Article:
Wayne Joseph’s Blog

Running with the Big Dog

South Dakota’s Curtis Huffman thanks the City of Hilo for a Great Job hosting marathon

This is what was the greatest thing about this marathon.  It was small and low-key, but the support and work behind it was like that of the Boston Marathon.  Very good job to everyone, especially you Wayne “Big Dog” Joseph.  Thank you for giving me the oppportunity to come and be an elite runner and all the news/press coverage you gave me.  It is kind of nice to be recognized.  I am glad I could live up to the expectations.  Keep up the good work and tell the city of Hilo thank you from South Dakota.

Thanks, 

Curtis Huffman

Wessington Springs School

March 31, 2012 Posted by | Running on the Big Island | , , , | 2 Comments

Running a Marathon in 50 states while battling Cancer – Don Wright

Don Wright

The Human Factor profiles survivors who have overcome the odds in confronting life’s obstacles.  People who have overcome injury, illness or other hardships in their lives.  People who have tapped into their inner strength and found resilience that they never realized they possessed.

The following are excerpts from the Human Factor which highlights Don Wright who developed a deep passion for running marathons, later in his life, before being diagnosed with cancer.  His goal is to run and finish 50 marathons in 50 states.

“I’ve made an appointment with an oncologist for you.” “These are words that no one wants to hear from their doctor, ever. It was multiple myeloma, an incurable blood cancer with a median survival of about five years after diagnosis,” Wright said.

“I had lost weight at Weight Watchers’, then started running, and had just run my first marathon. Myeloma attacks the bones, and a broken bone would stop my running, so I was determined to run the Boston Marathon before I lost the ability to do so. I qualified for Boston and then ran it, then a few more marathons here and there. I had no reasonable expectation of finishing all 50 states,” he said.

“That was eight years ago. I’m now 70 years old and since the diagnosis I have run 60 marathons in 41 different states, including the Seattle Marathon several Sunday’s ago. After some treatments that didn’t stop it, the cancer has been stable for three and a half years on a novel investigational drug called pomalidomide, just a pill that I take once a day. I’m a beneficiary of modern innovation and research” Wright said.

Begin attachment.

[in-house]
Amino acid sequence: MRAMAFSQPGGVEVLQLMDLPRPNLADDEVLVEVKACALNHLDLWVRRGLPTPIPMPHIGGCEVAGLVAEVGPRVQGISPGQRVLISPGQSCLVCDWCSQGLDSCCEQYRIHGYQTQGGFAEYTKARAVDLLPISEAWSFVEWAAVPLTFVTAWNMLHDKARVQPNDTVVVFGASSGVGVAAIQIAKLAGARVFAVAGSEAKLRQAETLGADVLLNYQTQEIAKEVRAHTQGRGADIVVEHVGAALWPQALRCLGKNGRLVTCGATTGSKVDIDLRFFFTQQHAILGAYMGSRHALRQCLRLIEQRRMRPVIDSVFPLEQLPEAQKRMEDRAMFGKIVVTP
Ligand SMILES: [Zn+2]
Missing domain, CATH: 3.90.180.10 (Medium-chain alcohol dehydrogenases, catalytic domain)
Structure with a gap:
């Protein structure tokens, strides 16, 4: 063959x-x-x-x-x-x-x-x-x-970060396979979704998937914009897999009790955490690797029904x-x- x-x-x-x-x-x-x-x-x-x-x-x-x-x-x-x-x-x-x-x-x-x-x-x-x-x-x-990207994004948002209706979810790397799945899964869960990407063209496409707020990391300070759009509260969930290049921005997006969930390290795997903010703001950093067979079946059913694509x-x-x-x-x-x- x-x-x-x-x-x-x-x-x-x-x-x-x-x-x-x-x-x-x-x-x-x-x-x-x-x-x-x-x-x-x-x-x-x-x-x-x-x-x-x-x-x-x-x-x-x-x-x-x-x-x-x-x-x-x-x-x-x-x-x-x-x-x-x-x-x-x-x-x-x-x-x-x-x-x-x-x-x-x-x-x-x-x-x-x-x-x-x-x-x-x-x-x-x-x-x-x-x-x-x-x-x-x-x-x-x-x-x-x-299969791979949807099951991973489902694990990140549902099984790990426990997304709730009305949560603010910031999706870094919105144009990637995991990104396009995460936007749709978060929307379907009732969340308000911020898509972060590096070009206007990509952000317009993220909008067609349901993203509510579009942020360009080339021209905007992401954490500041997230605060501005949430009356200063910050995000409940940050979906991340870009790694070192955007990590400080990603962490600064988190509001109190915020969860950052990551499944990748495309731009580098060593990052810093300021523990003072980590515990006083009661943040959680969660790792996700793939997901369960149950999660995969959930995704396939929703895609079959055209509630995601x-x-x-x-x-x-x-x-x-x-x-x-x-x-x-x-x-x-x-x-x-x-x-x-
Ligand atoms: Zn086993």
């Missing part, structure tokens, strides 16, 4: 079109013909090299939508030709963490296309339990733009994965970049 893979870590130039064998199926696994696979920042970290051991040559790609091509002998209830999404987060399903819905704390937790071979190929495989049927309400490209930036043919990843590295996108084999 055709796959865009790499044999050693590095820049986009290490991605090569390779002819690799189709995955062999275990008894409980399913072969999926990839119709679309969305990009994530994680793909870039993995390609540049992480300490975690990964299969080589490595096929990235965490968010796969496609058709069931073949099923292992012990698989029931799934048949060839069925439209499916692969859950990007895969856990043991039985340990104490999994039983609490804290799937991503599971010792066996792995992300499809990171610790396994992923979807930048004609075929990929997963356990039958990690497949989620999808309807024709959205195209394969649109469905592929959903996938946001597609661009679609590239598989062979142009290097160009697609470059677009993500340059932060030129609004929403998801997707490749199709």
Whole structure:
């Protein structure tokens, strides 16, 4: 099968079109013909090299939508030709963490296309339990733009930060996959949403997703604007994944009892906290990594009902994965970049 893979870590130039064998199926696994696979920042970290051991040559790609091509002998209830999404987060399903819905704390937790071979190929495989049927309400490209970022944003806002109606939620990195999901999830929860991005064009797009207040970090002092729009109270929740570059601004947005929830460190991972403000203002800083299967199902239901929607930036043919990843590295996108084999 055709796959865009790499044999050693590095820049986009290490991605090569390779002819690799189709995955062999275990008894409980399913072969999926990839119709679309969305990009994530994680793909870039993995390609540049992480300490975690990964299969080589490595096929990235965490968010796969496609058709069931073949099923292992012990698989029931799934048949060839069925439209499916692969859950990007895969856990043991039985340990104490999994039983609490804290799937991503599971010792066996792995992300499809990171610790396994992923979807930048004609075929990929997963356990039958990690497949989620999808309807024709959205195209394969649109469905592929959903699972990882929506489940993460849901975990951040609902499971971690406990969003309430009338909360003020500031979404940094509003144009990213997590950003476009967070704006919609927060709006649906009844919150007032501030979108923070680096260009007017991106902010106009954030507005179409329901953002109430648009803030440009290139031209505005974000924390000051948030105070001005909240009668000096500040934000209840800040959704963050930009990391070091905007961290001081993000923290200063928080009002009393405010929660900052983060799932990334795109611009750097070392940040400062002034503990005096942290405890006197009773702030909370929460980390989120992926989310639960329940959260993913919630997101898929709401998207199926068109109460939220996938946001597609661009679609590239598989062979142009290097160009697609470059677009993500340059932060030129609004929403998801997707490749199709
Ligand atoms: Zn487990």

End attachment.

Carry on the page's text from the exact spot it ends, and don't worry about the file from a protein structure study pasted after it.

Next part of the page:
According to Don Wright, he has this incurable cancer, and his most pressing health problem is runners’ knee!

“My doctors are uniformly enthusiastic about the running as a way to strengthen my immune system and my bones, Wright said. “We’re not sure why it works, but keep doing what you’re doing.”

“We can’t know how long this treatment will continue to keep the cancer from growing, but for now, my family and I are relishing the extra time that I have been given, by traveling and doing these marathons together. They are a celebration of life!,” he said

“I stand at the starting line and get choked up, thinking of the people I know who haven’t survived myeloma, and how lucky I am to be alive and able to run a marathon. I can’t wait to start the race. Even on a cold, rainy day in Seattle, I enjoyed every moment. As I run, I sometimes imagine that I’m just floating along, drifting past the scenery. I feel wonderful, and we’re going for all 50 states,” Don Wright said.

Big Dog’s Hero of the month, Mr. Don Wright!

December 7, 2011 Posted by | Marathon Running | , , , , , , , | Leave a comment

Wineglass Marathon & Hilo Marathon Directors Meet

Wineglass director, Mark Landin, exchages t-shirts with Hilo Marathon director

CORNING, NEW YORK – One of the most challenging distances in racing is being able to finish a full marathon, 26.2-miles.

   In 1986 it became the crown jewel in my running accomplishments when I finished my first 26.2-mile race, the Honolulu Marathon.  During the months of preparation I continued to tell myself that this would be my first and the last marathon, as the preparation was taking its toll.

   When I crossed the finish line on that beautiful Honolulu December morning I realized that this marathon was going to be the first of many more to come.